FIA considering standard wheel arches to improve wet weather visibility in F1

2022 Abu Dhabi Grand Prix

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The FIA revealed it is studying how to improve wet weather visibility with the new ground effect era of Formula 1 cars.

Following a meeting of the governing body’s Formula 1 Commission in Abu Dhabi chaired by president Mohammed Ben Sulayem, the FIA have announced it has begun a study into a bodywork package in an effort to reduce the amount of spray the current cars generate on wet surfaces.

An initial concept design has been produced and was demonstrated to the representatives of the F1 Commission during the latest meeting.

The move to look at improving visibility in the wet follows serious complaints from drivers after last month’s Japanese Grand Prix at Suzuka, which began in wet conditions but was soon red-flagged and suspended for two hours due to conditions being deemed unsafe to race in.

Valtteri Bottas later argued that the race should not have been started to begin with, due to the volume of spray. “I was surprised we started because the conditions, the visibility was so, so bad,” the Alfa Romeo driver said.

In a statement released after the F1 Commission meeting, the FIA confirmed they are exploring methods of improving wet weather visibility with the new generation of F1 cars.

“Driver feedback has suggested that there has been reduced visibility in extremely wet conditions with this latest generation of cars, which is a key determinant on starting, or needing to suspend sessions,” the FIA’s statement stated.

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“Therefore, the FIA commenced a study to define a package of parts aiming to suppress the spray generated when running in wet conditions.”

Among the possible solutions being investigated by the study are standardised body kits for all cars that will cover the wheels and physically limit the volume of water being expelled from the wheels behind cars.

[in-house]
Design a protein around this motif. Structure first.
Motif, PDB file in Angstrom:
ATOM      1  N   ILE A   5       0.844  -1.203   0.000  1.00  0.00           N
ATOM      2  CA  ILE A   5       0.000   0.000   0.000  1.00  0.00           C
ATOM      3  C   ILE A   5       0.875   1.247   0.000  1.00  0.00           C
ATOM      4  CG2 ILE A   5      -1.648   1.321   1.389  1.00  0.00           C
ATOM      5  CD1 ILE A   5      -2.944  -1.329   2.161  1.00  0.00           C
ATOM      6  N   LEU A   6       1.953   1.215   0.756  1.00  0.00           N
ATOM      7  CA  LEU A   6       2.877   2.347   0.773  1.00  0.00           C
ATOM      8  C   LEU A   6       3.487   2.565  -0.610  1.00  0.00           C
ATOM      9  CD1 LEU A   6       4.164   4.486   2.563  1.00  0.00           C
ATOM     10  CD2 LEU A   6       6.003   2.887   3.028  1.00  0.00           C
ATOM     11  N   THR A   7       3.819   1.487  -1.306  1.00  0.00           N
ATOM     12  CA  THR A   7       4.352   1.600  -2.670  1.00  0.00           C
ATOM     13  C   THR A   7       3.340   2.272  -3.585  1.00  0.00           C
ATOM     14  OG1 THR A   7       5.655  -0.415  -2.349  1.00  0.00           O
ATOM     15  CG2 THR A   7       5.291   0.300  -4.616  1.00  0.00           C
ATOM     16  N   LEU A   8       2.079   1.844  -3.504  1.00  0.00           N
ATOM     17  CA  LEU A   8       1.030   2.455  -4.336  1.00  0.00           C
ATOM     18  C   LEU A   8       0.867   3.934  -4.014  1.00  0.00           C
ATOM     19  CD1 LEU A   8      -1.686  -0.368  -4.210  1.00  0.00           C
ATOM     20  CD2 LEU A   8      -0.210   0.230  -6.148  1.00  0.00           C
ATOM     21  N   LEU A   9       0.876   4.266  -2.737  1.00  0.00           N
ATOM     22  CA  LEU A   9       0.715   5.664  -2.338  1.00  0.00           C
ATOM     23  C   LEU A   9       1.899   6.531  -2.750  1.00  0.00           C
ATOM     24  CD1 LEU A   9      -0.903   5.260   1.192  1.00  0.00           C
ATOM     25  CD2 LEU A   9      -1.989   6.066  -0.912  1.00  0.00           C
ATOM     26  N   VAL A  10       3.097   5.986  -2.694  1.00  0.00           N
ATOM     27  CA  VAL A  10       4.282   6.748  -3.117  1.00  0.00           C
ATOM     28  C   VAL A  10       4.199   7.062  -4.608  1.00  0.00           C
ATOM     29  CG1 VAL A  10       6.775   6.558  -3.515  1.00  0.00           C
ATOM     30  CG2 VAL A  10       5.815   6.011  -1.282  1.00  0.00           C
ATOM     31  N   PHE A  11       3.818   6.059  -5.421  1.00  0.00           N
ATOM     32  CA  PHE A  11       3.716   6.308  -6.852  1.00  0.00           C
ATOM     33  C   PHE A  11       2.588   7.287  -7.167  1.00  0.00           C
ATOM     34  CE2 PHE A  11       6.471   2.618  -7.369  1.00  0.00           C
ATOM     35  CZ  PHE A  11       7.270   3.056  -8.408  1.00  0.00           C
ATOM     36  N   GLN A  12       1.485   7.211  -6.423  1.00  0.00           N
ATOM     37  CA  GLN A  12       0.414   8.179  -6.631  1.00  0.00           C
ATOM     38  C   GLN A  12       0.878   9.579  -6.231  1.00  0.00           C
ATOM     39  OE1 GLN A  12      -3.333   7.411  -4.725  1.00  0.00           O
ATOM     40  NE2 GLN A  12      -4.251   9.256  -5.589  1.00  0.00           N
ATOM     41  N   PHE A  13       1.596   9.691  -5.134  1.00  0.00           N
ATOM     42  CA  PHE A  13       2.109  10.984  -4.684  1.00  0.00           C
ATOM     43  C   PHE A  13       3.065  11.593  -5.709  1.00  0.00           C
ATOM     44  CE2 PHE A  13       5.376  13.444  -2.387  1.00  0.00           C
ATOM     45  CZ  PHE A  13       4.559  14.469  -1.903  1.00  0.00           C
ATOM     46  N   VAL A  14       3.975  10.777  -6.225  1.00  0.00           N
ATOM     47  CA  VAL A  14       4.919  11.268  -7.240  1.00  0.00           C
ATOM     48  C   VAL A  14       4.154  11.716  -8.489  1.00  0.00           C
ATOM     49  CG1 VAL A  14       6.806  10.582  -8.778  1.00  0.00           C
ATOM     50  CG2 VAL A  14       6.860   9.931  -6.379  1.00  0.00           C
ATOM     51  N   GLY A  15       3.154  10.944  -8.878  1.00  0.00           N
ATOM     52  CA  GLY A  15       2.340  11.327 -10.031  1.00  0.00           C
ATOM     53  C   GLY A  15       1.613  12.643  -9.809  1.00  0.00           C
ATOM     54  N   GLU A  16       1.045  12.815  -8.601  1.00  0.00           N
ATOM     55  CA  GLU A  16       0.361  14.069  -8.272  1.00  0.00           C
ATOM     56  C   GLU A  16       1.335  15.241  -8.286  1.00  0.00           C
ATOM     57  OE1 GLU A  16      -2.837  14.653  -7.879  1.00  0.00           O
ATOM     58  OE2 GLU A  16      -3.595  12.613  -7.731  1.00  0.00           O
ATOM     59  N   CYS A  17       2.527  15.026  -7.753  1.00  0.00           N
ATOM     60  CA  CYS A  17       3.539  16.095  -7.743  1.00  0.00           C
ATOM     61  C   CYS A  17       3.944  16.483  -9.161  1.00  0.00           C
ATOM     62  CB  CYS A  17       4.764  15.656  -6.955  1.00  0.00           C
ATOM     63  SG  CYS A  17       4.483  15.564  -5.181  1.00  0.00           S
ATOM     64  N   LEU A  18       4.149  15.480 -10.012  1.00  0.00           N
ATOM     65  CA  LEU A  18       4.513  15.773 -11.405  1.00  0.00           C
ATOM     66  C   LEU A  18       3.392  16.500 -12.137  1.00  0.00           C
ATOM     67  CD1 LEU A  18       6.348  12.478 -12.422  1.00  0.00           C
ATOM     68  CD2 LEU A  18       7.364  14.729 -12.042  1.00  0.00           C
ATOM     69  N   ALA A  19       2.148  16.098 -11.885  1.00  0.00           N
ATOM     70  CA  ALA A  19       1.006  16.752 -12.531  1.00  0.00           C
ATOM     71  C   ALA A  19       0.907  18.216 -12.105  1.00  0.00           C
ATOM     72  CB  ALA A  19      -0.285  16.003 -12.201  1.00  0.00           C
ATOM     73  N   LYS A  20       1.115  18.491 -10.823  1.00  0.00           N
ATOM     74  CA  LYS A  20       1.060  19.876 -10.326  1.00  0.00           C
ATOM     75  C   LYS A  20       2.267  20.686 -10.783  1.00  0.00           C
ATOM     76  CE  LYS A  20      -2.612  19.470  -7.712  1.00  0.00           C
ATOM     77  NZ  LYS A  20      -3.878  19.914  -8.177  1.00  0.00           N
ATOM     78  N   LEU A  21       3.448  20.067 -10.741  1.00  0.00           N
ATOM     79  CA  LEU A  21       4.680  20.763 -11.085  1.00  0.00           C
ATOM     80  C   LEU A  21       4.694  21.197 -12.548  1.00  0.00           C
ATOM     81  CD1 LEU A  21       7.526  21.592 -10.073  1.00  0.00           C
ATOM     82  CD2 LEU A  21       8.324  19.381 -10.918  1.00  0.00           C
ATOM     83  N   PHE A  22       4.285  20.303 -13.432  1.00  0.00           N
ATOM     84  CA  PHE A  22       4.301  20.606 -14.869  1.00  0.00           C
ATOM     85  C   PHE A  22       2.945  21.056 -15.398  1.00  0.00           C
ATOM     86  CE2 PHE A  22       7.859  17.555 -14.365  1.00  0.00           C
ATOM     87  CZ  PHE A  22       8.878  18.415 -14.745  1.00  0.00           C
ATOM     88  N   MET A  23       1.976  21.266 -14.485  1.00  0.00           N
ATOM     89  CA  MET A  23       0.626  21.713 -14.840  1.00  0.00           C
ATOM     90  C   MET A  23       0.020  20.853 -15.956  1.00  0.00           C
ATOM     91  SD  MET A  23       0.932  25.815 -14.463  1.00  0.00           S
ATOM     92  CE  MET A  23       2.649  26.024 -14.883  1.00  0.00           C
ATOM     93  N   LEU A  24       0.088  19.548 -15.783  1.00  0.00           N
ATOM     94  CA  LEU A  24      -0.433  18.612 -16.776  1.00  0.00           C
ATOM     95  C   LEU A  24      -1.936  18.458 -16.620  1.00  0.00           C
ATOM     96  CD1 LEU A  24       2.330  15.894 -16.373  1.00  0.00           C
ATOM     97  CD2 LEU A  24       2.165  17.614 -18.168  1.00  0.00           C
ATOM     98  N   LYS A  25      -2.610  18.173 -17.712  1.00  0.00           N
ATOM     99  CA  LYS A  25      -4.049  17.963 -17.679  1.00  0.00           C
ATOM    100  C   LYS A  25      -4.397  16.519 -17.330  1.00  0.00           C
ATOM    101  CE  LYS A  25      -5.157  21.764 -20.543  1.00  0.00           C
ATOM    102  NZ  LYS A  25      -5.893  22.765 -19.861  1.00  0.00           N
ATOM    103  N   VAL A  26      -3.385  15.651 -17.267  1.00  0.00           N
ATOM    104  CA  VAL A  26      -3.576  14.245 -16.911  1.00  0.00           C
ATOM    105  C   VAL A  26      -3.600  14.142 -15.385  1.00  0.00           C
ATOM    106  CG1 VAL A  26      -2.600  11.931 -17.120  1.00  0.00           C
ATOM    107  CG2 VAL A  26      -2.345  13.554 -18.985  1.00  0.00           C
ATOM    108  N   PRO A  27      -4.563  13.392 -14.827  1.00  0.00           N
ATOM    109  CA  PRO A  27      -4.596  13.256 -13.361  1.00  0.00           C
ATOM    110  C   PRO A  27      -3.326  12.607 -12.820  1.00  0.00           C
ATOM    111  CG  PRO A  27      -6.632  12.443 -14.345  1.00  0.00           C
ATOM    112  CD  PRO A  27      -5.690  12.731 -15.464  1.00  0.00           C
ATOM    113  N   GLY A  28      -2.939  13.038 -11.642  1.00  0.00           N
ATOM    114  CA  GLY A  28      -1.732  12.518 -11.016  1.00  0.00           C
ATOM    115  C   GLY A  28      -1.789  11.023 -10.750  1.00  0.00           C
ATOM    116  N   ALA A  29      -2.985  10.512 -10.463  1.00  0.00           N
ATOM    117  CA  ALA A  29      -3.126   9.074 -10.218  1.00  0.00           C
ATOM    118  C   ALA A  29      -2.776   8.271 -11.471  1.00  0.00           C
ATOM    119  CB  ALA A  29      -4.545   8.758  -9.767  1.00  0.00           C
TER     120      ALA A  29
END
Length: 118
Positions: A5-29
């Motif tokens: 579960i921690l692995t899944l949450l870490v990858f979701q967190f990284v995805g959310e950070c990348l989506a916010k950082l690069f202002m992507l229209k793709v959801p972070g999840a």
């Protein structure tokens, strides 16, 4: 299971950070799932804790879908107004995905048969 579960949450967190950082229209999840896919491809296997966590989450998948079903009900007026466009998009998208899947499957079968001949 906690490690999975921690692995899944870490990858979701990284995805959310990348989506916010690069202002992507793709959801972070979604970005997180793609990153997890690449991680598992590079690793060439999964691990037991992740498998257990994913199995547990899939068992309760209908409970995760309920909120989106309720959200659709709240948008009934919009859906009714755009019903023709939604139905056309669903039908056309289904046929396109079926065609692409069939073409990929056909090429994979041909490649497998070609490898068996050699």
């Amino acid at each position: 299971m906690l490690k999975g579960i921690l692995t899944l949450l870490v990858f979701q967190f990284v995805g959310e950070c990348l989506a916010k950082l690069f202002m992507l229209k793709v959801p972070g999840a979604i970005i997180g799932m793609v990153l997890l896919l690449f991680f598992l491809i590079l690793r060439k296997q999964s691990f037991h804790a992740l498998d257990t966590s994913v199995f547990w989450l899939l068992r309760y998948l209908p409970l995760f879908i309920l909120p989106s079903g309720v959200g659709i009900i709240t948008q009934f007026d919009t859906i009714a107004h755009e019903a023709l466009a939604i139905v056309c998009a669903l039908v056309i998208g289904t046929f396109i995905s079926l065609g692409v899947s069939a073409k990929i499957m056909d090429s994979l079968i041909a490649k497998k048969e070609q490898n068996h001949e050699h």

The FIA clarified that standard body kits, likely to be in the form of “wheel arches”, would be “minimal” in size and it intends them to have little impact on tyre changes during racing pit stops.

The study is also exploring how track-level water is channelled and expelled through the sculpted downforce-generating underfloors of the ground effect cars and look at whether cars should be fitted with additional rain safety lights beyond those already mandated at the rear of cars and on the back of rear wing assemblies.

The FIA is also investigating the idea of designing special spray-mitigating devices that could be fitted to cars only during wet running to help improve visibility.

Any solutions agreed between the FIA and Formula 1 will likely not be implemented until the 2024 Formula 1 season at the earliest. The FIA say that further updates into the study will follow next year.

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2022 Abu Dhabi Grand Prix

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Will Wood
Will has been a RaceFans contributor since 2012 during which time he has covered F1 test sessions, launch events and interviewed drivers. He mainly...

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32 comments on “FIA considering standard wheel arches to improve wet weather visibility in F1”

  1. All year long I have been hoping the television coverage would include a segment comparing the rooster tails of this year’s cars versus last year’s to actually see some of the impact of the aero changes. Hopefully that will happen now that there are actively discussing how to reduce the spray.

    1. All year long I have been hoping the television coverage would include a segment comparing the rooster tails of this year’s cars versus last year’s

      I would suggest that people look closely at something I noted in the pre-season testing “wet” session.

      Nine teams with notable vortices down the side of the car and prominent “rooster tails” of spray with a relatively clear area behind.
      That, and one team with a car that does not produce such clear vortices down the sides, does not produce a prominent “rooster-tail” and leaves a messy trail behind it.

      What is that team doing that somehow subverts the intent of the FIA technical crew to produce an easy-to-follow car by reducing the turbulence?

      1. Link us Steve to what you’ve seen. I’d be interested to see for myself.

      2. Don’t be such a tease! Which team was the odd one out?

  2. Add mud flaps …. Jahahahhaahah …

  3. Does this mean that tracks will dry less quickly with the spray not being thrown into the air as it is now?

    1. To add to that – or is most of the spray caused by Aero rather than the wheels.

      1. Groovy Pirellis pump the same amount of water – it’s what happens to it after leaving the track that matters.